Leamington Spa, 25th July 2011:- From 18th to 21st July, twenty-nine students aged 16 and 17 were given a rare insight into the exciting and dynamic field of nanotechnology. During the four-day residential course organised by The Smallpeice Trust in partnership with the University of Leeds, students enjoyed a unique opportunity to learn first-hand about this revolutionary science.
Drawing from expertise across all the main science and engineering disciplines, nanotechnology uses the special properties of matter at molecular lengthscales to develop new products for high speed communications, energy storage, and treatment of chronic diseases. Based in the Centre for Molecular Nanoscience (CMNS), students enjoyed an exclusive view of the nanoworld through hands-on experiments – making nanoparticles and biosensors, visiting the university’s nanotechnology clean rooms, and using scanning probe microscopes to see atoms and molecules. Working in teams, they took part in the ‘nanotechnology challenge’: formulating their own proposals on how nanotechnology could best be used in society.
The social aspect of the course included a film night, sports evening and a BBQ on the final night where students and supervisors socialised and shared their experiences of the week.
Spokesperson for The Smallpeice Trust, Claire Fisher commented, “Through this partnership students have been given the chance to learn about the fascinating work carried out by internationally recognised engineers and scientists. Students have left the course with a better understanding of this intriguing subject and the future potential of nanotechnology.”
Professor Robert W Kelsall, the course organiser, commented: “We were delighted by the students’ enthusiasm for this course, and with their ability to engage in serious discussion about both scientific and policy issues. The UK has a pressing need for outstanding scientists and engineers, and The Smallpeice Trust courses are an excellent way of showing our most capable young people the attractions of a scientific career.”
The Nanotechnology course is run by the independent educational charity, The Smallpeice Trust, as part of an ongoing programme of subsidised residential courses to help young people aged 13 to 18 learn and develop skills in engineering, design, technology and manufacturing. Through running residential courses and STEM enrichment days, The Trust has reached out to 17,677 students across the UK in the past year.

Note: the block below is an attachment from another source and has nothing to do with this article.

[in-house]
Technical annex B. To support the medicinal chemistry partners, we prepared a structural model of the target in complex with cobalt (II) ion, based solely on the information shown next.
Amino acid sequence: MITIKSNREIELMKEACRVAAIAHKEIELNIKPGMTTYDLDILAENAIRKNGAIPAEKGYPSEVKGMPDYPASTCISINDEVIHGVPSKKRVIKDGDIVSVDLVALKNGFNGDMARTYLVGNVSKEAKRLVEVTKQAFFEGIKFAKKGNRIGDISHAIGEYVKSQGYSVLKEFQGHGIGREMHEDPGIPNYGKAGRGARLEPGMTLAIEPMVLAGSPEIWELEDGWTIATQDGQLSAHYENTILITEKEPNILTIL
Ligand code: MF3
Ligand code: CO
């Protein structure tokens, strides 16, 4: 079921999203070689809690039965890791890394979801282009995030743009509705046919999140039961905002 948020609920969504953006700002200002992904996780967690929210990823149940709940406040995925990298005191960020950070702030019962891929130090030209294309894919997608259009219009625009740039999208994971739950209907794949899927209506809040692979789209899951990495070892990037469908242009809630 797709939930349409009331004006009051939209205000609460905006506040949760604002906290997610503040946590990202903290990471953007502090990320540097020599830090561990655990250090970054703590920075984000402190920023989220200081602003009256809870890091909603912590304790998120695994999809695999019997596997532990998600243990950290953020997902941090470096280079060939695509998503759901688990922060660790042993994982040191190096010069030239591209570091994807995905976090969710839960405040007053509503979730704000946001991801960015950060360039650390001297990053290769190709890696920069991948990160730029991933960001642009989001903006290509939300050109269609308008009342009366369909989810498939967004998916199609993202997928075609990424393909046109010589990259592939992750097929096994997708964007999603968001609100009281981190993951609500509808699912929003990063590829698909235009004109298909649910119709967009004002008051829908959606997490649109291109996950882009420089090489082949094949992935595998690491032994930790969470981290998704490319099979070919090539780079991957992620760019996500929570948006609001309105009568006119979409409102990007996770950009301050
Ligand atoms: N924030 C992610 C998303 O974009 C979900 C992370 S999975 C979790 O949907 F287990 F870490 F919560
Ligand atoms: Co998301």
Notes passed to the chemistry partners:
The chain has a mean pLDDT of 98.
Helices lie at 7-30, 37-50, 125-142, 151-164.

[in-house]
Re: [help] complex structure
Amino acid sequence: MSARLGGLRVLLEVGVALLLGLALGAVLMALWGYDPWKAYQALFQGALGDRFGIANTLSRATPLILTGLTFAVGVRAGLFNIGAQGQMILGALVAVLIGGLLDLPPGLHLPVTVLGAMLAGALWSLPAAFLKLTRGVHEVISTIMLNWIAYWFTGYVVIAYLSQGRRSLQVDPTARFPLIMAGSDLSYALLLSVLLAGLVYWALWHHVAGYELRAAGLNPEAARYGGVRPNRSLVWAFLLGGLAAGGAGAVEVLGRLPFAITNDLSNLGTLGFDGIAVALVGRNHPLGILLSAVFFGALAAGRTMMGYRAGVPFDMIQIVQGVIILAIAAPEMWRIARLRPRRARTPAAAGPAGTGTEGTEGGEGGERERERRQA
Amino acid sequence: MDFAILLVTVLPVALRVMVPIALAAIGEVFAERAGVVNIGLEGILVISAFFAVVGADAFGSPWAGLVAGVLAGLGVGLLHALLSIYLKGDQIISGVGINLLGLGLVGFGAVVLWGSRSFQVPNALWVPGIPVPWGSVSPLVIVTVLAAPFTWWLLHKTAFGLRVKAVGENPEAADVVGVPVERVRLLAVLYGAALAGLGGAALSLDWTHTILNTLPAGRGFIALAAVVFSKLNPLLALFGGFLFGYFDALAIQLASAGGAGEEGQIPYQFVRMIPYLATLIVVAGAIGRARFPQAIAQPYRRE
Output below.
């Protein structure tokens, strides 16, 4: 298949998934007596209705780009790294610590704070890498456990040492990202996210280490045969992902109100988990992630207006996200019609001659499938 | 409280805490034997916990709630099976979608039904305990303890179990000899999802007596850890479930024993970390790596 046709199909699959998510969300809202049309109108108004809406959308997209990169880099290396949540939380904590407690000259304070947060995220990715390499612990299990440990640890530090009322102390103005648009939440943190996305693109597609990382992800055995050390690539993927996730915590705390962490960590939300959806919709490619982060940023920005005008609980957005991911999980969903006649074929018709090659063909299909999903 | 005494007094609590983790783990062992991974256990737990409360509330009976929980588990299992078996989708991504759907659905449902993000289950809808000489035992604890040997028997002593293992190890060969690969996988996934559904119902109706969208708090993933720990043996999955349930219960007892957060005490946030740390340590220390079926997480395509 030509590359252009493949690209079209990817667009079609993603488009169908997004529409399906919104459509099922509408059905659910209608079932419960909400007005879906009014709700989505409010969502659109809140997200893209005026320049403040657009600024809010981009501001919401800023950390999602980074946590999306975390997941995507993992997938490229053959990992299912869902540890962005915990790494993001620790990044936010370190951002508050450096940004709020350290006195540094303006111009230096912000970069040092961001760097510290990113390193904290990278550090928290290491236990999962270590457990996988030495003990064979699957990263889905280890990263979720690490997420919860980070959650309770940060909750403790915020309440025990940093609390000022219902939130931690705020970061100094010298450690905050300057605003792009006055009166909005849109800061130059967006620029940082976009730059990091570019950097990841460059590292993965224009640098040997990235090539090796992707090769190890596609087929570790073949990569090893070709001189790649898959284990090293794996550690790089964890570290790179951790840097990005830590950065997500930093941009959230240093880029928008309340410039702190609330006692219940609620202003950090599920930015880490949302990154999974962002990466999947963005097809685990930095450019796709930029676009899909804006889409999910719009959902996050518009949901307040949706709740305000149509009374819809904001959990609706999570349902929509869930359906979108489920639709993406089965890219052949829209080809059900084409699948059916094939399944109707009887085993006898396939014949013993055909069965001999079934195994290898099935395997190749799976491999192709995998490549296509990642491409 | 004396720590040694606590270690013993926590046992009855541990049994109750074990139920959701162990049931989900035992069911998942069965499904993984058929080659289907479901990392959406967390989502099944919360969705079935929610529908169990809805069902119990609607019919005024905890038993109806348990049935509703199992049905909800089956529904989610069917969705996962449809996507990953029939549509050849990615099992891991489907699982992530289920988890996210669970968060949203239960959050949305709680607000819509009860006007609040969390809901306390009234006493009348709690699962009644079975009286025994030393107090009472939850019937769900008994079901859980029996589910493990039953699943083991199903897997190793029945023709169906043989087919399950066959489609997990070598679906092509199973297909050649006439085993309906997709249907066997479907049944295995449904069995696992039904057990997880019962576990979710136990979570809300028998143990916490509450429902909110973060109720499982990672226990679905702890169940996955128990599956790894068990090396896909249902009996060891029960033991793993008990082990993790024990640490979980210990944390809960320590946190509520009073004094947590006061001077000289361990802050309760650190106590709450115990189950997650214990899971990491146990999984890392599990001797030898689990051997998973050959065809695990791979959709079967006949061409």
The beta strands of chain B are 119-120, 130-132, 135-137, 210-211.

The new course timetable for 2012 will be launched in the Autumn school term. Places are allocated on a first come, first served basis. To find out more, visit www.smallpeicetrust.org.uk, or telephone The Smallpeice Trust on 01926 333200.
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About The Smallpeice Trust:
The Smallpeice Trust is an independent charitable trust which promotes engineering as a career, primarily through the provision of residential courses for young people aged 13 to 18.
The Smallpeice Trust was founded in 1966 by Dr Cosby Smallpeice, a pioneering engineer and inventor of the Smallpeice Lathe. Following the stock market flotation of his company Martonair, Dr Smallpeice invested his energy and part of his personal fortune to set up the Trust to ensure that British industry could continuously benefit from his proven design and engineering philosophies: “Simplicity in design, economy in production.”
The Trust is now governed by an eminent board of non-executive trustees and members from a diverse range of engineering, industry, educational and professional bodies.
In 2009/10, The Smallpeice Trust ran 30 residential courses for 1,700 school-aged students at universities across the country, with girls accounting for 38%. In addition, 15,977 students attended a Smallpeice in-school STEM masterclass.
A strong interface is maintained with industry, education and professional bodies that help to support, promote and develop the courses. For more information about The Smallpeice Trust and the training they provide, please visit www.smallpeicetrust.org.uk.
About the Centre for Molecular Nanoscience:
The Centre for Molecular Nanoscience is an interdisciplinary centre within the University of Leeds comprising approximately 40 academic staff who work on teaching and research in molecular nanoscience and nanotechnology. The Centre is the UK’s principal provider of nanotechnology higher education, offering a 3 year BSc Nanotechnology degree and four interrelated Masters degrees.
For further information please visit www.cmns.leeds.ac.uk.
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The Smallpeice Trust is a company limited by guarantee, registered in England.
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Registered office: Holly House, 74 Upper Holly Walk, Leamington Spa, Warwickshire CV32 4JL. Registered Charity number 313719.